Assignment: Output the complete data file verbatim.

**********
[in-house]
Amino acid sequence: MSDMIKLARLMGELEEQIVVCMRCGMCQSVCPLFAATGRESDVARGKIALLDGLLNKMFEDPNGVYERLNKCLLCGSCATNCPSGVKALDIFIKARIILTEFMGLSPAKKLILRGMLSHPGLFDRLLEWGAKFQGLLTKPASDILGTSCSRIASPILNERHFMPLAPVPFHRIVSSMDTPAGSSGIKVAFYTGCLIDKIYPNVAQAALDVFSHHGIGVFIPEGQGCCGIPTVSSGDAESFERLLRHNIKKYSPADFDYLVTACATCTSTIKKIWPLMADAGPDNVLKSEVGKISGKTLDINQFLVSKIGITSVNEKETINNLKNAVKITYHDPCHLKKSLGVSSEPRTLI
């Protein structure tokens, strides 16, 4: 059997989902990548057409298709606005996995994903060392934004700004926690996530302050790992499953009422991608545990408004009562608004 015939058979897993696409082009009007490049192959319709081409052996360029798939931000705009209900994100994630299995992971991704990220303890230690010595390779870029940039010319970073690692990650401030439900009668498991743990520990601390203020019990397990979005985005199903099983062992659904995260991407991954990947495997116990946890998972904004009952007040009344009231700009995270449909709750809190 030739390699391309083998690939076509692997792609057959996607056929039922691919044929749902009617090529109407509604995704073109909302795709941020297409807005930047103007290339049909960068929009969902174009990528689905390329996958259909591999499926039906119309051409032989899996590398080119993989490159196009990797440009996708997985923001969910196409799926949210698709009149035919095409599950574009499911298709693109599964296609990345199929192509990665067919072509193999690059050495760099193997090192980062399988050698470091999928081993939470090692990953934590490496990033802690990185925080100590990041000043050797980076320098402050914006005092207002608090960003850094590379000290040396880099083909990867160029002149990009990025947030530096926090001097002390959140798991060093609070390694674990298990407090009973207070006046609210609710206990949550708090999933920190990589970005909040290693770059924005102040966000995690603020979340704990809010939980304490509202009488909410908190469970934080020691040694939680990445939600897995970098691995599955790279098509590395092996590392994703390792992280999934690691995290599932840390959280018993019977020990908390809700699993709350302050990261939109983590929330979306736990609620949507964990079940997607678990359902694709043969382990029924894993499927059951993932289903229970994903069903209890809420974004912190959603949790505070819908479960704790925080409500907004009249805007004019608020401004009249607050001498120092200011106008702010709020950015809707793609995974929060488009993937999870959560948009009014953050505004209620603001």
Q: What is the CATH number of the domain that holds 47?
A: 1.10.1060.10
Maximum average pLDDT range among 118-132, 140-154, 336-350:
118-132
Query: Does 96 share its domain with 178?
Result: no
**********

[in-house]
Amino acid sequence: MSDMIKLARLMGELEEQIVVCMRCGMCQSVCPLFAATGRESDVARGKIALLDGLLNKMFEDPNGVYERLNKCLLCGSCATNCPSGVKALDIFIKARIILTEFMGLSPAKKLILRGMLSHPGLFDRLLEWGAKFQGLLTKPASDILGTSCSRIASPILNERHFMPLAPVPFHRIVSSMDTPAGSSGIKVAFYTGCLIDKIYPNVAQAALDVFSHHGIGVFIPEGQGCCGIPTVSSGDAESFERLLRHNIKKYSPADFDYLVTACATCTSTIKKIWPLMADAGPDNVLKSEVGKISGKTLDINQFLVSKIGITSVNEKETINNLKNAVKITYHDPCHLKKSLGVSSEPRTLI
């Protein structure tokens, strides 16, 4: 059997989902990548057409298709606005996995994903060392934004700004926690996530302050790992499953009422991608545990408004009562608004 015939058979897993696409082009009007490049192959319709081409052996360029798939931000705009209900994100994630299995992971991704990220303890230690010595390779870029940039010319970073690692990650401030439900009668498991743990520990601390203020019990397990979005985005199903099983062992659904995260991407991954990947495997116990946890998972904004009952007040009344009231700009995270449909709750809190 030739390699391309083998690939076509692997792609057959996607056929039922691919044929749902009617090529109407509604995704073109909302795709941020297409807005930047103007290339049909960068929009969902174009990528689905390329996958259909591999499926039906119309051409032989899996590398080119993989490159196009990797440009996708997985923001969910196409799926949210698709009149035919095409599950574009499911298709693109599964296609990345199929192509990665067919072509193999690059050495760099193997090192980062399988050698470091999928081993939470090692990953934590490496990033802690990185925080100590990041000043050797980076320098402050914006005092207002608090960003850094590379000290040396880099083909990867160029002149990009990025947030530096926090001097002390959140798991060093609070390694674990298990407090009973207070006046609210609710206990949550708090999933920190990589970005909040290693770059924005102040966000995690603020979340704990809010939980304490509202009488909410908190469970934080020691040694939680990445939600897995970098691995599955790279098509590395092996590392994703390792992280999934690691995290599932840390959280018993019977020990908390809700699993709350302050990261939109983590929330979306736990609620949507964990079940997607678990359902694709043969382990029924894993499927059951993932289903229970994903069903209890809420974004912190959603949790505070819908479960704790925080409500907004009249805007004019608020401004009249607050001498120092200011106008702010709020950015809707793609995974929060488009993937999870959560948009009014953050505004209620603001």
Q: What is the CATH number of the domain that holds 47?
A: 1.10.1060.10
Maximum average pLDDT range among 118-132, 140-154, 336-350:
118-132
Query: Does 96 share its domain with 178?
Result: no